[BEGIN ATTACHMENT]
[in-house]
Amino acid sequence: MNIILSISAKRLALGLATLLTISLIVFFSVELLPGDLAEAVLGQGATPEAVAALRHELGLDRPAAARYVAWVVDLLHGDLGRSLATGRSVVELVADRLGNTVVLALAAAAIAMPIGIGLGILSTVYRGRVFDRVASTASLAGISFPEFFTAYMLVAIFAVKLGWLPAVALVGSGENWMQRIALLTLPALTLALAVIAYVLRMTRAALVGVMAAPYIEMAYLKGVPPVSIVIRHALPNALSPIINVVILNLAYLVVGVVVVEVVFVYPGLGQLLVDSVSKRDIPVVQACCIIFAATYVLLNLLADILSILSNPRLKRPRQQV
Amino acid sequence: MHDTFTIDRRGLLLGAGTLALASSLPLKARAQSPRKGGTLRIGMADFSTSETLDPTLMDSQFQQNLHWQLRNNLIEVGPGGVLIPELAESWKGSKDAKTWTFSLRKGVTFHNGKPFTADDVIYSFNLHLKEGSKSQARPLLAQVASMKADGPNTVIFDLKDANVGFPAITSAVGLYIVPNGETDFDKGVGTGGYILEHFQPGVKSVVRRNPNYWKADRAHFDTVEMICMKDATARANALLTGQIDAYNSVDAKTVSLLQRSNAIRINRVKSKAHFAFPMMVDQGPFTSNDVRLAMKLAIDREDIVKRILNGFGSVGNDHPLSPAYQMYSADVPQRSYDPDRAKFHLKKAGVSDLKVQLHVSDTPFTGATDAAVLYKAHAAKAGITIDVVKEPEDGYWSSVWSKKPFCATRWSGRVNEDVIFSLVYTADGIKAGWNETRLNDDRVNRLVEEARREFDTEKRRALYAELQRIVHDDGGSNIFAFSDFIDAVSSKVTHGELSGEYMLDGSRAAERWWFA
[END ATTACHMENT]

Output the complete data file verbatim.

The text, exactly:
[in-house]
Amino acid sequence: MNIILSISAKRLALGLATLLTISLIVFFSVELLPGDLAEAVLGQGATPEAVAALRHELGLDRPAAARYVAWVVDLLHGDLGRSLATGRSVVELVADRLGNTVVLALAAAAIAMPIGIGLGILSTVYRGRVFDRVASTASLAGISFPEFFTAYMLVAIFAVKLGWLPAVALVGSGENWMQRIALLTLPALTLALAVIAYVLRMTRAALVGVMAAPYIEMAYLKGVPPVSIVIRHALPNALSPIINVVILNLAYLVVGVVVVEVVFVYPGLGQLLVDSVSKRDIPVVQACCIIFAATYVLLNLLADILSILSNPRLKRPRQQV
Amino acid sequence: MHDTFTIDRRGLLLGAGTLALASSLPLKARAQSPRKGGTLRIGMADFSTSETLDPTLMDSQFQQNLHWQLRNNLIEVGPGGVLIPELAESWKGSKDAKTWTFSLRKGVTFHNGKPFTADDVIYSFNLHLKEGSKSQARPLLAQVASMKADGPNTVIFDLKDANVGFPAITSAVGLYIVPNGETDFDKGVGTGGYILEHFQPGVKSVVRRNPNYWKADRAHFDTVEMICMKDATARANALLTGQIDAYNSVDAKTVSLLQRSNAIRINRVKSKAHFAFPMMVDQGPFTSNDVRLAMKLAIDREDIVKRILNGFGSVGNDHPLSPAYQMYSADVPQRSYDPDRAKFHLKKAGVSDLKVQLHVSDTPFTGATDAAVLYKAHAAKAGITIDVVKEPEDGYWSSVWSKKPFCATRWSGRVNEDVIFSLVYTADGIKAGWNETRLNDDRVNRLVEEARREFDTEKRRALYAELQRIVHDDGGSNIFAFSDFIDAVSSKVTHGELSGEYMLDGSRAAERWWFA